The ‘moving image versus the static image’ argument is one that can long be debated. Does the multi-faceted nature of film make it easier for the sum of the parts to push harder? Or does photography’s demand for focus make the single image more impactful? Perhaps it’s the restraints of technology and storage that have meant so many have taken one corner over the other in the past. But the advent of the digital age in the last 15 years has meant that each and every one of us can now capture, search, store, alter – and most prevalently, show off – content of all forms, which will no doubt be forcing a blur between advocates of the moving and advocates of the still.
One man who clearly is of this modern persuasion is award winning British cinematographer Trevor Forrest. Of course the skills required to be a top class photographer will – and must – always marry with those of being a top class cinematographer. But not often do we hear of a hugely accomplished cinematographer setting their mind to capturing a set of imagery dedicated to documenting ‘moments that are left behind’, especially considering the near irony of the fact film shoots arguably use a country as context and backdrop to make the film real, authentic and beautiful – only to quickly ‘leave it behind’ once the cameras stop rolling.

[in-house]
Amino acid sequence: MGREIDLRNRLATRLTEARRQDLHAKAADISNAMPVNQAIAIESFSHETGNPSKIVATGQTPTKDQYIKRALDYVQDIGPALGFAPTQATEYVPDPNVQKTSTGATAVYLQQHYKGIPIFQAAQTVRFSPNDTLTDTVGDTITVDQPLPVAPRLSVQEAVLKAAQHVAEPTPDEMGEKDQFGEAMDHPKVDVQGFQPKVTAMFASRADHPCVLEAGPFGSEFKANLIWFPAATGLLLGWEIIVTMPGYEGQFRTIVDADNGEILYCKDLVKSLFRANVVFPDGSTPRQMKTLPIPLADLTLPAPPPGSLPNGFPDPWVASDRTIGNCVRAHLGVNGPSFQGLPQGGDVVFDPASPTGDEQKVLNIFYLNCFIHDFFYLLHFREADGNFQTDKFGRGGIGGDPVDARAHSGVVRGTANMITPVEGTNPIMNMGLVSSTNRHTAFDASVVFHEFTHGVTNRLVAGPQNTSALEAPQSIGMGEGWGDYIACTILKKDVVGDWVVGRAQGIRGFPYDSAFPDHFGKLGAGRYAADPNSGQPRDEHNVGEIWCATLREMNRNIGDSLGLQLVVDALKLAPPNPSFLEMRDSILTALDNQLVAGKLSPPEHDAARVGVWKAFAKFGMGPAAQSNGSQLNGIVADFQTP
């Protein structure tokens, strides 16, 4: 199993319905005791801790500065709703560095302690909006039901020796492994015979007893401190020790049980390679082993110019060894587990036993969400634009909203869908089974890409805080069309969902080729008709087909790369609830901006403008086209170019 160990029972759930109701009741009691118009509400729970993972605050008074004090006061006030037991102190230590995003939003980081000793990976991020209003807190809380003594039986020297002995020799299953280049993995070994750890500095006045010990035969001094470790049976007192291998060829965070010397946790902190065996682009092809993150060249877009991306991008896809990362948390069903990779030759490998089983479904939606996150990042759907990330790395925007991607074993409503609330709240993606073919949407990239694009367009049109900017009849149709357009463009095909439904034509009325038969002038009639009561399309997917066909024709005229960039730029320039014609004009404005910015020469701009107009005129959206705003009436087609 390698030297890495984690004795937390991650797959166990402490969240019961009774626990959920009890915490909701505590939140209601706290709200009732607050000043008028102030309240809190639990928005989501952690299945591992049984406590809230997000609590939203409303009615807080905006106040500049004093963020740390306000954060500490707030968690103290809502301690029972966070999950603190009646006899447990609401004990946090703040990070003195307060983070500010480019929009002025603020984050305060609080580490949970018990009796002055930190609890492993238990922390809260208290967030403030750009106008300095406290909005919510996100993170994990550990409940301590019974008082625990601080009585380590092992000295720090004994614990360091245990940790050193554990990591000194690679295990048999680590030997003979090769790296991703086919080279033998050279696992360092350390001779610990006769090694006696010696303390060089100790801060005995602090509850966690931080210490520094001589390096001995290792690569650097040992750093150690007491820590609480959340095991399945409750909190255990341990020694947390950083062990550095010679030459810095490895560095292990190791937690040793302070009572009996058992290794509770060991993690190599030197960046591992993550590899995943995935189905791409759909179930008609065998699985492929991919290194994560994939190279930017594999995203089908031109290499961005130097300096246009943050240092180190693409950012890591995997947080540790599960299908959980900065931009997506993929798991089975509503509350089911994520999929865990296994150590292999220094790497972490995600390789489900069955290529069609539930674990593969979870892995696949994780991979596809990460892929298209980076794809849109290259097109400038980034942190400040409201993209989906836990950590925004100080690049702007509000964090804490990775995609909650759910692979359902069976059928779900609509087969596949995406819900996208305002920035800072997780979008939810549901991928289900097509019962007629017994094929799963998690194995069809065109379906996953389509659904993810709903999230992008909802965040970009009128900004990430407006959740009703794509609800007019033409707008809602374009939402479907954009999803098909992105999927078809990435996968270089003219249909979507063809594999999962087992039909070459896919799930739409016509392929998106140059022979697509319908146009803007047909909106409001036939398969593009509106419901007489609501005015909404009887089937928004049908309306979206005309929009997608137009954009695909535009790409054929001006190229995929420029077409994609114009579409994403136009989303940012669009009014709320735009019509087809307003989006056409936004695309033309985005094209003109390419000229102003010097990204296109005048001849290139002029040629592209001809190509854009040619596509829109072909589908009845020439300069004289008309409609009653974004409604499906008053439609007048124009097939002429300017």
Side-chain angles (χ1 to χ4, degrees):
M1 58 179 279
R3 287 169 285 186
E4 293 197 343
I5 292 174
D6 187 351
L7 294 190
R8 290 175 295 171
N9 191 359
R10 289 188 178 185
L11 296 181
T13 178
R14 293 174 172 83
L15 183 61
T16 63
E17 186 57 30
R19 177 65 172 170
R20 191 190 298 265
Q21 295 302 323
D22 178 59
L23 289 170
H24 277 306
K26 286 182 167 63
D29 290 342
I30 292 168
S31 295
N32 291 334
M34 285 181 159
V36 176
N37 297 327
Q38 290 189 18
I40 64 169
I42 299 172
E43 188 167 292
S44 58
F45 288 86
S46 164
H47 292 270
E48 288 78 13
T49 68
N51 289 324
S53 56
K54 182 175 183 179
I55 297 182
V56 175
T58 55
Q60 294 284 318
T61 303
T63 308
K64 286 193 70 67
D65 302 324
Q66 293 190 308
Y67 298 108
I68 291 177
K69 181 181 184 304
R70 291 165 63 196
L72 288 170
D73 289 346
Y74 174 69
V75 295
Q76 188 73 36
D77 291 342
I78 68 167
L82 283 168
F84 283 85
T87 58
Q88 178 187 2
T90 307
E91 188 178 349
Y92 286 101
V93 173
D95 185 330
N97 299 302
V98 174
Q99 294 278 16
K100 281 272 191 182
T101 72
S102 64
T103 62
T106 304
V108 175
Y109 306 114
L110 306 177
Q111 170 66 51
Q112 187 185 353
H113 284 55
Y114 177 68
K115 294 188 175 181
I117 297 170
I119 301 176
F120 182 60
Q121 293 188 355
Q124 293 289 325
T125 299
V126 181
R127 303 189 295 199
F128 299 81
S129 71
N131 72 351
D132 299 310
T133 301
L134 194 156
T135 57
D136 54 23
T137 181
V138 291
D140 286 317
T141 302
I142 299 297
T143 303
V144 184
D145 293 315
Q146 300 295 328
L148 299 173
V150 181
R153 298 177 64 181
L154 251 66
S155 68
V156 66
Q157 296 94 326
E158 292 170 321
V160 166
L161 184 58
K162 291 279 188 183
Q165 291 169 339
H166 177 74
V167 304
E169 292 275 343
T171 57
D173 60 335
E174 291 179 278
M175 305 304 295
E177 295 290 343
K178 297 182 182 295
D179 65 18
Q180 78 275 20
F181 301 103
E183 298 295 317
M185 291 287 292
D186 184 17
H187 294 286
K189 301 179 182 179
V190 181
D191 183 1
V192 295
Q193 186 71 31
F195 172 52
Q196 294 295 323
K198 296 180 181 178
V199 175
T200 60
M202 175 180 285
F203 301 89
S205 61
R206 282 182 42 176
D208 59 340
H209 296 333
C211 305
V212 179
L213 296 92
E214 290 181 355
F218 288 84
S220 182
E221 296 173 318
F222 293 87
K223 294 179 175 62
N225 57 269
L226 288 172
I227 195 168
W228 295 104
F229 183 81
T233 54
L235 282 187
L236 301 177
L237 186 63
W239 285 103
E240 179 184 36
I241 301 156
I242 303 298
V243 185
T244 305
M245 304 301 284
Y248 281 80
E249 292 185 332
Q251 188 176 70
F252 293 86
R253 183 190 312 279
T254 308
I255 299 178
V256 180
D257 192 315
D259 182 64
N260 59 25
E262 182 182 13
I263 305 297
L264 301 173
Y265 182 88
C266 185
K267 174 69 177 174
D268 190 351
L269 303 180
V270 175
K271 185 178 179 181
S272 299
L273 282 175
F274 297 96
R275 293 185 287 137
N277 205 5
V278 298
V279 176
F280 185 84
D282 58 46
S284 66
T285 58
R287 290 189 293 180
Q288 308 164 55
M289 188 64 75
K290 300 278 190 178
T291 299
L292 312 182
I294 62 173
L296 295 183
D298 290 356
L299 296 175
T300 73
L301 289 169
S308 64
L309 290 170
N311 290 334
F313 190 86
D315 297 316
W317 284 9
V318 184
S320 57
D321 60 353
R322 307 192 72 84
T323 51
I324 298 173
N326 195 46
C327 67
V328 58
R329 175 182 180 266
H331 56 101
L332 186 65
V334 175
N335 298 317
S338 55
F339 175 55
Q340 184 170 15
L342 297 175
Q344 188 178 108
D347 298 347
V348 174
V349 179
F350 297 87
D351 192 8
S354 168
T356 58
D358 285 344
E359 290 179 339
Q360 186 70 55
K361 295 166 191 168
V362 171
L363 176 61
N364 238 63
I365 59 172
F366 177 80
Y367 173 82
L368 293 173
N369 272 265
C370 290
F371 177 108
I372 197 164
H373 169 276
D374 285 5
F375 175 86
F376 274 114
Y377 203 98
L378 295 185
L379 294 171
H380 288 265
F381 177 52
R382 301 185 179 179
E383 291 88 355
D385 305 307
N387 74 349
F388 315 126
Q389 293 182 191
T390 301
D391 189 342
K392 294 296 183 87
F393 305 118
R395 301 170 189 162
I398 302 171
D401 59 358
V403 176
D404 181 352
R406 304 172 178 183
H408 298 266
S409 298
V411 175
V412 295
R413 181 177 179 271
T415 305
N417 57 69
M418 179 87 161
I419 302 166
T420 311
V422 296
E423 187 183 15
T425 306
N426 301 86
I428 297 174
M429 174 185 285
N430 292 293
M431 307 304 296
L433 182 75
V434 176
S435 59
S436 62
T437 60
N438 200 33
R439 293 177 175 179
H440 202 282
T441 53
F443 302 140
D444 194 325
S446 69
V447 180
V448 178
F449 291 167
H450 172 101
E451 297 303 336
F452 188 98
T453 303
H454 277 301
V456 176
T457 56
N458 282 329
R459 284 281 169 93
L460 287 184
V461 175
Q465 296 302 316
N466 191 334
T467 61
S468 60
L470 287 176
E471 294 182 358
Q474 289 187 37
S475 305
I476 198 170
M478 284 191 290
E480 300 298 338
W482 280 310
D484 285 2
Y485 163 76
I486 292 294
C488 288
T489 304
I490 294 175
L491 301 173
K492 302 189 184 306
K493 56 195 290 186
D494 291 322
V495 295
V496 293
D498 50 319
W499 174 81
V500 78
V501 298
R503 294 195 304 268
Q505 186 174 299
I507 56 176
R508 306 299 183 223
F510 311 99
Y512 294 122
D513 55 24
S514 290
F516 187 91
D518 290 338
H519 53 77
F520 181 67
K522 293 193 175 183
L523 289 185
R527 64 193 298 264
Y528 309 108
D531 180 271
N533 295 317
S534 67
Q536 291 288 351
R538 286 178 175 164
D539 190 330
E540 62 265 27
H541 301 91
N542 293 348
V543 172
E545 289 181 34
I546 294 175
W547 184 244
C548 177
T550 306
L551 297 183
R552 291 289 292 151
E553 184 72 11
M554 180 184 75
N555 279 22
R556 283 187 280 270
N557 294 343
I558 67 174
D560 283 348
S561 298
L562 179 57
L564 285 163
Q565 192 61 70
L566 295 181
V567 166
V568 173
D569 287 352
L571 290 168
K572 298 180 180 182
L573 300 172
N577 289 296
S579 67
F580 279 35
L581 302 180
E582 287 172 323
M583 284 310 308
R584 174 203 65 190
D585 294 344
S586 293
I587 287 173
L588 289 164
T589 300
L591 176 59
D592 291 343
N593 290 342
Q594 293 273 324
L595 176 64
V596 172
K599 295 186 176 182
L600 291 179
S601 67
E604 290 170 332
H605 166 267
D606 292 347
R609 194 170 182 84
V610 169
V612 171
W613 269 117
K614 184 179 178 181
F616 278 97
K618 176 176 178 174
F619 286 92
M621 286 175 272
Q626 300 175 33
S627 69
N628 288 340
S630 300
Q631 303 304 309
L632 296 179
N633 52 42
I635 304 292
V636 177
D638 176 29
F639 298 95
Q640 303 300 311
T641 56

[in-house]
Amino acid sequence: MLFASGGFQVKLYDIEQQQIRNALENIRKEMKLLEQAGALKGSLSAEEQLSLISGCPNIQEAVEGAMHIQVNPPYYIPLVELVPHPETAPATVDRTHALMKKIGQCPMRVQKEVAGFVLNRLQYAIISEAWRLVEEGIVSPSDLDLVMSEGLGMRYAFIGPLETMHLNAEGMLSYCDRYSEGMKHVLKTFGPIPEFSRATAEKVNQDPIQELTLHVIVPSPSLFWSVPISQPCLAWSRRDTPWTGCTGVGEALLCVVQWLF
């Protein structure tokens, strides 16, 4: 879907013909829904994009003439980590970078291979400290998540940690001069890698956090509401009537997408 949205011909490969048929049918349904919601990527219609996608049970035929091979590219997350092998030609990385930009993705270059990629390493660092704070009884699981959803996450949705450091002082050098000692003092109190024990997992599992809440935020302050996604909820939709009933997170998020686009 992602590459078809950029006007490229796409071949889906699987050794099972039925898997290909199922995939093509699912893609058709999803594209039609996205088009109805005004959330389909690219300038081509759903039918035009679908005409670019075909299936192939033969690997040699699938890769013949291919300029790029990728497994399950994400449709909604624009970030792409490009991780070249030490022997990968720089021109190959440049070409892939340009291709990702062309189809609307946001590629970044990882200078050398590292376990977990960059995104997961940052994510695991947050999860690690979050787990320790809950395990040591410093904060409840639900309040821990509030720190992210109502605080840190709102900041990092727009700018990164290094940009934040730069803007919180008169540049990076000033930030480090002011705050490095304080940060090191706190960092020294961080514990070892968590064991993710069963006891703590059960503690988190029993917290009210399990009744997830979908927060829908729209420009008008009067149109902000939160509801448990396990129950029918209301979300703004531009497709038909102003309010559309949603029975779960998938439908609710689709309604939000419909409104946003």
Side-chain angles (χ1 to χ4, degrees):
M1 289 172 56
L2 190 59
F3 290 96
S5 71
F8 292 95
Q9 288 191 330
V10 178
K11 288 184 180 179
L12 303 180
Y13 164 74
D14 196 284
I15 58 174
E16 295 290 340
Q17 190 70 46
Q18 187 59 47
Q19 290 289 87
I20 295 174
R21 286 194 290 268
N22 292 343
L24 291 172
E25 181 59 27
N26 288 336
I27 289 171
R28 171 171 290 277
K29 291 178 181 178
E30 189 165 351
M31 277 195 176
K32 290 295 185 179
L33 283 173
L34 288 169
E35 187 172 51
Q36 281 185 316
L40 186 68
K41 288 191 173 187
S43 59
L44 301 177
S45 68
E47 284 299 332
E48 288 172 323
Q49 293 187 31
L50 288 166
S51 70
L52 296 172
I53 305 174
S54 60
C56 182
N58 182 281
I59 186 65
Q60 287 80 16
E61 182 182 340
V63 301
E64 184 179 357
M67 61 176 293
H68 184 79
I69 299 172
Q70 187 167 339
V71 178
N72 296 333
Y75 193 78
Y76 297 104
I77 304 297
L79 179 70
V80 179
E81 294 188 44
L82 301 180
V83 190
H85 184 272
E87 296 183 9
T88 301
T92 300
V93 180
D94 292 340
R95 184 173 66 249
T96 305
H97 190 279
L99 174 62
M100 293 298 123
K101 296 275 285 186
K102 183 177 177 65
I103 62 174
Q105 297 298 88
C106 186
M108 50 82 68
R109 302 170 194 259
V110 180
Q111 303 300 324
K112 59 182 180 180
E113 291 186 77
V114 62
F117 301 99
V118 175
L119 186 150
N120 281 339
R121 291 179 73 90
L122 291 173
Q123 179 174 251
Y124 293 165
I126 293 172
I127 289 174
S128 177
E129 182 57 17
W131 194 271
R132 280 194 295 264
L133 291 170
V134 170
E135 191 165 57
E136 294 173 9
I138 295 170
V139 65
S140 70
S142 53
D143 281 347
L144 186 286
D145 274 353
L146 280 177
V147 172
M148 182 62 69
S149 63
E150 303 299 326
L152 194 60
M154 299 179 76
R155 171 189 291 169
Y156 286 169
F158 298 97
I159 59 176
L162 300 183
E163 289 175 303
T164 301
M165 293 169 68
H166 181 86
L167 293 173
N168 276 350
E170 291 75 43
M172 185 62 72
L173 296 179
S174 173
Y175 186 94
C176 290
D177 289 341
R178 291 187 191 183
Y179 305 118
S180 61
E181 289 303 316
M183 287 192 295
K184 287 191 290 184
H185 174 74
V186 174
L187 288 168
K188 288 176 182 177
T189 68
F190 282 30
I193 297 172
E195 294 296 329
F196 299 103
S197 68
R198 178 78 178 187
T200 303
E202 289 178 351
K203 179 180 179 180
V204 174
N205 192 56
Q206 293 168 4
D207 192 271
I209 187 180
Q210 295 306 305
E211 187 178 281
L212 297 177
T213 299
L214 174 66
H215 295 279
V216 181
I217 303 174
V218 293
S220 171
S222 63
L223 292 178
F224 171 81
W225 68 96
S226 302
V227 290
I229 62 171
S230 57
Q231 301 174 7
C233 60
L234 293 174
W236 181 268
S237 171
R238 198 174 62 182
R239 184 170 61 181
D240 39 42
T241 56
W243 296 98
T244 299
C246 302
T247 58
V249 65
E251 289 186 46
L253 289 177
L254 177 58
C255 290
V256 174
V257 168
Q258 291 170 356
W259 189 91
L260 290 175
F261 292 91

Trevor’s work entitled ‘Ghost Atlas’ is a photographic study born out of his travel and curiosity while in locations around the world during 10 years of work. The images were taken from a position of privilege – close enough to be connected to the location and people in a way that a passerby or tourist seldom has. The first of the exhibits is planned for April 2014 and will show images from the first collection (Cuba) along with a preview of the cycles to follow – Japan, Nova Scotia, Mumbai, Iceland, New York and England.
Keep an eye on his website and twitter feed for updates as to where it will be showing. This is going to be a great body of work and one that is sure to inspire. Do not miss.